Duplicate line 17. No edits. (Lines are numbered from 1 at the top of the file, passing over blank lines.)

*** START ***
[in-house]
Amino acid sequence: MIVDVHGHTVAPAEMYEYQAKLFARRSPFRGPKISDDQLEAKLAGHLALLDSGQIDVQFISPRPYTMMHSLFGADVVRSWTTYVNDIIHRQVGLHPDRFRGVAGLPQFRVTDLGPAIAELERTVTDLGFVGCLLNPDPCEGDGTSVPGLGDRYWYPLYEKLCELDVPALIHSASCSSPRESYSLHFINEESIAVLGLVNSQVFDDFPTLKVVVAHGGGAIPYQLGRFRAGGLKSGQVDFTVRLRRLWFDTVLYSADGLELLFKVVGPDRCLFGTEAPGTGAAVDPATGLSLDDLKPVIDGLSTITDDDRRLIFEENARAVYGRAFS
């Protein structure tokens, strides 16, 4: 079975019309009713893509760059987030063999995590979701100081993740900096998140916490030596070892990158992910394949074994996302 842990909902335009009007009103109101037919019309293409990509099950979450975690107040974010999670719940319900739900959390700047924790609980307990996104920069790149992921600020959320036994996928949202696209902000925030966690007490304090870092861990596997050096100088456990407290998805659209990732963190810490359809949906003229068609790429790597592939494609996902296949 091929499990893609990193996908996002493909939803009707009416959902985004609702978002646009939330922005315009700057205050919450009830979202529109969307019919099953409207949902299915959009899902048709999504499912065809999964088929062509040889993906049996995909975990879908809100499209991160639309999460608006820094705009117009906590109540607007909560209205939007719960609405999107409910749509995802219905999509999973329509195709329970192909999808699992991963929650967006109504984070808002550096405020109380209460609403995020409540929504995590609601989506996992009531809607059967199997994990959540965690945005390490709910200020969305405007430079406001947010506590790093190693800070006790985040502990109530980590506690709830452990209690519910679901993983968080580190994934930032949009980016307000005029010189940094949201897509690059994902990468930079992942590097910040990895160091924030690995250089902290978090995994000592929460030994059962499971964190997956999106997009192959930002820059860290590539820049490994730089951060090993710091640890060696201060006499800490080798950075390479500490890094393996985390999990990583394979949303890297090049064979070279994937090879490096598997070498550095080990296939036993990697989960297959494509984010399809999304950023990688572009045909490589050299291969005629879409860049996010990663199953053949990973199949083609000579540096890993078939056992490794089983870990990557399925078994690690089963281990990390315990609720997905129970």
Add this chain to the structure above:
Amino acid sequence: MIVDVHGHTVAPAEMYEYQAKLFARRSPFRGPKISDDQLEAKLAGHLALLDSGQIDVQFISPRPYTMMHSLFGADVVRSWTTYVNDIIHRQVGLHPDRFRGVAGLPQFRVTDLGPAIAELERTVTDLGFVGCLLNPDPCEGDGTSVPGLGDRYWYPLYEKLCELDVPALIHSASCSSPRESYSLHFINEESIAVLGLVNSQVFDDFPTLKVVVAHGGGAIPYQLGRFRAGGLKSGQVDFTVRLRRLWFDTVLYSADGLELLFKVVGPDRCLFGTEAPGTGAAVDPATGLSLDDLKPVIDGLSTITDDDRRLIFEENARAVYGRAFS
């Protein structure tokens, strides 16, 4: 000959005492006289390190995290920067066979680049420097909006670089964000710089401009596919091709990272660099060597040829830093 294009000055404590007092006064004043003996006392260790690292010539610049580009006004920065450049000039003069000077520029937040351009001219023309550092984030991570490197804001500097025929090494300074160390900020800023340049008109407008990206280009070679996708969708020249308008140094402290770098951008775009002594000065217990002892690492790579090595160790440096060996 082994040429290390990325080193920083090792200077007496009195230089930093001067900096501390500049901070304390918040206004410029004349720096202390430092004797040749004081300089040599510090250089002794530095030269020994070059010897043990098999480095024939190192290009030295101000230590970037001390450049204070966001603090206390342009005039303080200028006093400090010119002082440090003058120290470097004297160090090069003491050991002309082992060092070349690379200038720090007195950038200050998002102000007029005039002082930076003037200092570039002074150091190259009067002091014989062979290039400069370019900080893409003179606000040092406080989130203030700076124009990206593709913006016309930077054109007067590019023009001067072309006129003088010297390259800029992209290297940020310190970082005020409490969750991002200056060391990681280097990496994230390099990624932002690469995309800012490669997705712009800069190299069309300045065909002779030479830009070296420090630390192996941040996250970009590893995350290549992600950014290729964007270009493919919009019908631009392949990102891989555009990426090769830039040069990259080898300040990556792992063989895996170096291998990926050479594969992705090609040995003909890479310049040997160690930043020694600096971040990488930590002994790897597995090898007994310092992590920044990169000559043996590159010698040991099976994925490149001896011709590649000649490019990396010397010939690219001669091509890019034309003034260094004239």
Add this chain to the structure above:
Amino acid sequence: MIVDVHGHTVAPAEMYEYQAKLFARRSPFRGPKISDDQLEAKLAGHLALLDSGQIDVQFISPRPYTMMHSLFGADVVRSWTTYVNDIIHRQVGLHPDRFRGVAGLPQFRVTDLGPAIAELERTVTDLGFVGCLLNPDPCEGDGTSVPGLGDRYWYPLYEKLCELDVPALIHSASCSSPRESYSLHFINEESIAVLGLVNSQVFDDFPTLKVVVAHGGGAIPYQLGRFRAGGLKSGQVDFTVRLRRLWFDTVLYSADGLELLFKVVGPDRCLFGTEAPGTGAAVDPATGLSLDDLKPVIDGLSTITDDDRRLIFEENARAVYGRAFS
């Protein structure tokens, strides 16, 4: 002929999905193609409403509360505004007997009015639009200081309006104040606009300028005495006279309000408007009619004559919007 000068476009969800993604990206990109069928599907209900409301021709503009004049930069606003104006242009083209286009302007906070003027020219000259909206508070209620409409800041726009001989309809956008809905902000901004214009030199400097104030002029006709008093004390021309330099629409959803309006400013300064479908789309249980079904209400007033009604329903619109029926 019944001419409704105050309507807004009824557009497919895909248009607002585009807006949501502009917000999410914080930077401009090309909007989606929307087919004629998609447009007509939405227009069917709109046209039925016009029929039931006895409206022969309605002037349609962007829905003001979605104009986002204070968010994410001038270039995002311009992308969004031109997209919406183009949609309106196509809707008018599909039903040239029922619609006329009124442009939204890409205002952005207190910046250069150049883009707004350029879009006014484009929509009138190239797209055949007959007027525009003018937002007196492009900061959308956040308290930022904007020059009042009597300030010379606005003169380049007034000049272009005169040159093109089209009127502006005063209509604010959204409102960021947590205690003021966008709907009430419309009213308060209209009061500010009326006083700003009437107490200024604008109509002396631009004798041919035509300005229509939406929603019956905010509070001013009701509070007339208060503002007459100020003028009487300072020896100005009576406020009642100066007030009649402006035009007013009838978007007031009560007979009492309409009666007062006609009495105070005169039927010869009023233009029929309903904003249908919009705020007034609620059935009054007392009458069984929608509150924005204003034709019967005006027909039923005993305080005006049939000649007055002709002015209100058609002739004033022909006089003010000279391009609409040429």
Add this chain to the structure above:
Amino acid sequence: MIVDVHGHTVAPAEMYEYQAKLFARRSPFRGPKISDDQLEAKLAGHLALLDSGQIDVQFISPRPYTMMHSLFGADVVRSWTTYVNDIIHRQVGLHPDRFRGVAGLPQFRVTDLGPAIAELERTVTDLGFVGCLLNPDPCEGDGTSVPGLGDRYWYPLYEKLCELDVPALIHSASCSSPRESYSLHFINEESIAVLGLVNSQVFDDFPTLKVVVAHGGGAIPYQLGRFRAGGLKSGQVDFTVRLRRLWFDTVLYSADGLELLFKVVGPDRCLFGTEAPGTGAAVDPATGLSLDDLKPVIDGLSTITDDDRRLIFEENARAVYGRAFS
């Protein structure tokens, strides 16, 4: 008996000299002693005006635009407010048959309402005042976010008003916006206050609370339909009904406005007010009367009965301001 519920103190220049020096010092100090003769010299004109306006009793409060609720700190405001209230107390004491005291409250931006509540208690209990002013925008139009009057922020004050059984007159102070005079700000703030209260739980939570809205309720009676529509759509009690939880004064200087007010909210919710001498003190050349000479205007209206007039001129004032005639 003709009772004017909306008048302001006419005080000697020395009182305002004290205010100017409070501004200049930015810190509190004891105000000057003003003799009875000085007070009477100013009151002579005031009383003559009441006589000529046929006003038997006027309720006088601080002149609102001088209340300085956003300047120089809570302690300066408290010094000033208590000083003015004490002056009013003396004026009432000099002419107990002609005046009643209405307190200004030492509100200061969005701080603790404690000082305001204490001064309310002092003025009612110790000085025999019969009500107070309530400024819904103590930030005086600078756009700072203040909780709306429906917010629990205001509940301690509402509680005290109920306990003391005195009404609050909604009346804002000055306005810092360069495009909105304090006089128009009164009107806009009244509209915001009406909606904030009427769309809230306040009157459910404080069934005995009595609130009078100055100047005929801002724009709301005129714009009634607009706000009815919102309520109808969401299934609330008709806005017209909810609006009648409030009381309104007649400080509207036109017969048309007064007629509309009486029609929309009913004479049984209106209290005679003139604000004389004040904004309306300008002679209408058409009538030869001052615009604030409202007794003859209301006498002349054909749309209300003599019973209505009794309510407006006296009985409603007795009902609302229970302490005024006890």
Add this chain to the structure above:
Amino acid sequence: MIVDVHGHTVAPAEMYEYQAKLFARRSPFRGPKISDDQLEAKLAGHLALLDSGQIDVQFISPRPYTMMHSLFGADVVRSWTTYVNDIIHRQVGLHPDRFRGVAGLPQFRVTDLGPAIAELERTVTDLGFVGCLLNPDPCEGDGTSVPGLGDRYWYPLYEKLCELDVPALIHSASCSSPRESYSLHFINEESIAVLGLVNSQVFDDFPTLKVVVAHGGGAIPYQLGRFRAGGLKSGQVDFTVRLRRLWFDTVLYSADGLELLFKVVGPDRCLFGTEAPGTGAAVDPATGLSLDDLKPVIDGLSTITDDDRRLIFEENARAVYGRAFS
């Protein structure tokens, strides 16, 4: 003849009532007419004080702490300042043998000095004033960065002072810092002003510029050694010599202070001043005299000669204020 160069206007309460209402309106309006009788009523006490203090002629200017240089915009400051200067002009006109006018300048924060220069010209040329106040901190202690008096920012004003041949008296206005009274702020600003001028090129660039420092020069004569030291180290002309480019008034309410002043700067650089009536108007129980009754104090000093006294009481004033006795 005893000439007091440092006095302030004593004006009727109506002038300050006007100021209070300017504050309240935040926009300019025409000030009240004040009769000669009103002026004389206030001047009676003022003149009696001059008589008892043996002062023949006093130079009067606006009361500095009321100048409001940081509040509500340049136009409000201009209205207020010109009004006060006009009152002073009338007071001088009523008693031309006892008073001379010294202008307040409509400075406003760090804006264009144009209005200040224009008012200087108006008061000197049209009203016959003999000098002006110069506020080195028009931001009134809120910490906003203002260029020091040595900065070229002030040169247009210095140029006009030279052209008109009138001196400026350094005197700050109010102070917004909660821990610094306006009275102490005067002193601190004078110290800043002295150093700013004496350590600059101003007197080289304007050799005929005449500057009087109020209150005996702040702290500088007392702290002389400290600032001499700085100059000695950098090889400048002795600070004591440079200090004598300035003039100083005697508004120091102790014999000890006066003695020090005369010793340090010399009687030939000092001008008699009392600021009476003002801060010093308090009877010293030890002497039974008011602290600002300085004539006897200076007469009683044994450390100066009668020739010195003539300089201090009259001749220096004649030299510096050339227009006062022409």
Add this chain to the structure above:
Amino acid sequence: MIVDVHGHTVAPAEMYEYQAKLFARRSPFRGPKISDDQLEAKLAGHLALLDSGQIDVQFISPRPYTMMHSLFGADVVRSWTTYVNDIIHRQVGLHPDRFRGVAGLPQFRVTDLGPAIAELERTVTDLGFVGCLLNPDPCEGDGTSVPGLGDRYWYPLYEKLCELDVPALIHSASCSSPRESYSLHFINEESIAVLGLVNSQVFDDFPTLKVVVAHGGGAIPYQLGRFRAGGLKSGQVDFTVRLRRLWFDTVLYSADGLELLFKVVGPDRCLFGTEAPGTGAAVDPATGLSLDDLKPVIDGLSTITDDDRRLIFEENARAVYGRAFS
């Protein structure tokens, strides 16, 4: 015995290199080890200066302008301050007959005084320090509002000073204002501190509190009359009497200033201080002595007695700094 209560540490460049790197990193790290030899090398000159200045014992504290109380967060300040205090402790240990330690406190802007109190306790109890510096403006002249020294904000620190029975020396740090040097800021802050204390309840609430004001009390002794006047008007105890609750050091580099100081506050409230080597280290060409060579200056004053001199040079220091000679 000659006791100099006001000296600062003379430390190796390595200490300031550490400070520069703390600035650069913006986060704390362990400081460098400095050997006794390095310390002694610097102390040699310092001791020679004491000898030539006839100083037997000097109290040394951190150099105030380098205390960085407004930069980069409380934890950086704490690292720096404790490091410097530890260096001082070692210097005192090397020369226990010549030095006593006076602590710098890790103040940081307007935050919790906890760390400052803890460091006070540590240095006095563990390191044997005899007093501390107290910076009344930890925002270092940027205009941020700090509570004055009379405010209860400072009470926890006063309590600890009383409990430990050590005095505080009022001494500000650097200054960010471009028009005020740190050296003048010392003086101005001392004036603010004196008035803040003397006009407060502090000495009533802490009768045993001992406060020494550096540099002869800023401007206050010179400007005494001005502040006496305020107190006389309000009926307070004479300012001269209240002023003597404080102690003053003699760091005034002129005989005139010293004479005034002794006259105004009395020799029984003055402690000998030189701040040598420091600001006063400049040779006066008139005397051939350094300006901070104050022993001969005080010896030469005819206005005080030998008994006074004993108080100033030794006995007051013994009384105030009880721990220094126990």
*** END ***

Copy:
Amino acid sequence: MIVDVHGHTVAPAEMYEYQAKLFARRSPFRGPKISDDQLEAKLAGHLALLDSGQIDVQFISPRPYTMMHSLFGADVVRSWTTYVNDIIHRQVGLHPDRFRGVAGLPQFRVTDLGPAIAELERTVTDLGFVGCLLNPDPCEGDGTSVPGLGDRYWYPLYEKLCELDVPALIHSASCSSPRESYSLHFINEESIAVLGLVNSQVFDDFPTLKVVVAHGGGAIPYQLGRFRAGGLKSGQVDFTVRLRRLWFDTVLYSADGLELLFKVVGPDRCLFGTEAPGTGAAVDPATGLSLDDLKPVIDGLSTITDDDRRLIFEENARAVYGRAFS